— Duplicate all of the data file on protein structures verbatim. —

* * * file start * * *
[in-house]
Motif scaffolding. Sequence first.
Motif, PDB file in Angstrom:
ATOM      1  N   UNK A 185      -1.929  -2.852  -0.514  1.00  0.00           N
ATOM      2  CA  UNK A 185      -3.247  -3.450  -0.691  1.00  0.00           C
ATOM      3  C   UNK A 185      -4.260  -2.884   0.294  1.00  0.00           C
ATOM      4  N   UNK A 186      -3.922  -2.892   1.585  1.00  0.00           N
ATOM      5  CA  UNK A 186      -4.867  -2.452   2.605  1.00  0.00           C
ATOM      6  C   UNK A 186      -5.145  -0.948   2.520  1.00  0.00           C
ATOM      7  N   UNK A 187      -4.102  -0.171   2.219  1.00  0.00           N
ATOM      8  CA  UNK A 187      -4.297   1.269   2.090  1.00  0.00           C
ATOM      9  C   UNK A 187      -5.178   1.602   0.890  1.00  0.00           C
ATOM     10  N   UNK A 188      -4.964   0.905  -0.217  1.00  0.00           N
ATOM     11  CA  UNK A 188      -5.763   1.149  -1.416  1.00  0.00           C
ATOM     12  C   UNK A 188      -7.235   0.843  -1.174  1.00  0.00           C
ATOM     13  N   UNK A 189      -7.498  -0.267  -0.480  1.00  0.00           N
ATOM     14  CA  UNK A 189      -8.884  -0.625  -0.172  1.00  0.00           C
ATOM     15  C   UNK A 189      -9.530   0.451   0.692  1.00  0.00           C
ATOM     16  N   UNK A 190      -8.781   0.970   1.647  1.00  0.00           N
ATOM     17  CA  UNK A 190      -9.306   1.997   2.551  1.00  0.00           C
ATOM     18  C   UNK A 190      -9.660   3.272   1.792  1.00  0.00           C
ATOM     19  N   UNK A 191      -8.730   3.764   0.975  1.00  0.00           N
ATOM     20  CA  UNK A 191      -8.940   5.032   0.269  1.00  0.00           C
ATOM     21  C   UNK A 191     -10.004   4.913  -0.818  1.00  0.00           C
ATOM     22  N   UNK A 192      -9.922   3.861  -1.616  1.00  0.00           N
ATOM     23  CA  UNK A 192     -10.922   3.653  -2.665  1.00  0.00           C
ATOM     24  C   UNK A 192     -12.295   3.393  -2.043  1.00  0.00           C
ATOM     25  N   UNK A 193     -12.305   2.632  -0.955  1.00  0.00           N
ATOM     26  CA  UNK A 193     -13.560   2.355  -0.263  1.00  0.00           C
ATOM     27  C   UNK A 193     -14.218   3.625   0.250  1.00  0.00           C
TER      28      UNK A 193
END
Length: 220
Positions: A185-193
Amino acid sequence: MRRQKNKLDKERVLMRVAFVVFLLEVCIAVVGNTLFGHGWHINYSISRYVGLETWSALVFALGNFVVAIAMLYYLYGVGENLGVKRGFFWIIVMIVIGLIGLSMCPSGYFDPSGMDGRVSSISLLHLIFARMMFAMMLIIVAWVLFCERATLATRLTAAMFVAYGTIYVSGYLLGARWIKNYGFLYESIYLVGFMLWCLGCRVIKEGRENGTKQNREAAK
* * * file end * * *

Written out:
[in-house]
Motif scaffolding. Sequence first.
Motif, PDB file in Angstrom:
ATOM      1  N   UNK A 185      -1.929  -2.852  -0.514  1.00  0.00           N
ATOM      2  CA  UNK A 185      -3.247  -3.450  -0.691  1.00  0.00           C
ATOM      3  C   UNK A 185      -4.260  -2.884   0.294  1.00  0.00           C
ATOM      4  N   UNK A 186      -3.922  -2.892   1.585  1.00  0.00           N
ATOM      5  CA  UNK A 186      -4.867  -2.452   2.605  1.00  0.00           C
ATOM      6  C   UNK A 186      -5.145  -0.948   2.520  1.00  0.00           C
ATOM      7  N   UNK A 187      -4.102  -0.171   2.219  1.00  0.00           N
ATOM      8  CA  UNK A 187      -4.297   1.269   2.090  1.00  0.00           C
ATOM      9  C   UNK A 187      -5.178   1.602   0.890  1.00  0.00           C
ATOM     10  N   UNK A 188      -4.964   0.905  -0.217  1.00  0.00           N
ATOM     11  CA  UNK A 188      -5.763   1.149  -1.416  1.00  0.00           C
ATOM     12  C   UNK A 188      -7.235   0.843  -1.174  1.00  0.00           C
ATOM     13  N   UNK A 189      -7.498  -0.267  -0.480  1.00  0.00           N
ATOM     14  CA  UNK A 189      -8.884  -0.625  -0.172  1.00  0.00           C
ATOM     15  C   UNK A 189      -9.530   0.451   0.692  1.00  0.00           C
ATOM     16  N   UNK A 190      -8.781   0.970   1.647  1.00  0.00           N
ATOM     17  CA  UNK A 190      -9.306   1.997   2.551  1.00  0.00           C
ATOM     18  C   UNK A 190      -9.660   3.272   1.792  1.00  0.00           C
ATOM     19  N   UNK A 191      -8.730   3.764   0.975  1.00  0.00           N
ATOM     20  CA  UNK A 191      -8.940   5.032   0.269  1.00  0.00           C
ATOM     21  C   UNK A 191     -10.004   4.913  -0.818  1.00  0.00           C
ATOM     22  N   UNK A 192      -9.922   3.861  -1.616  1.00  0.00           N
ATOM     23  CA  UNK A 192     -10.922   3.653  -2.665  1.00  0.00           C
ATOM     24  C   UNK A 192     -12.295   3.393  -2.043  1.00  0.00           C
ATOM     25  N   UNK A 193     -12.305   2.632  -0.955  1.00  0.00           N
ATOM     26  CA  UNK A 193     -13.560   2.355  -0.263  1.00  0.00           C
ATOM     27  C   UNK A 193     -14.218   3.625   0.250  1.00  0.00           C
TER      28      UNK A 193
END
Length: 220
Positions: A185-193
Amino acid sequence: MRRQKNKLDKERVLMRVAFVVFLLEVCIAVVGNTLFGHGWHINYSISRYVGLETWSALVFALGNFVVAIAMLYYLYGVGENLGVKRGFFWIIVMIVIGLIGLSMCPSGYFDPSGMDGRVSSISLLHLIFARMMFAMMLIIVAWVLFCERATLATRLTAAMFVAYGTIYVSGYLLGARWIKNYGFLYESIYLVGFMLWCLGCRVIKEGRENGTKQNREAAK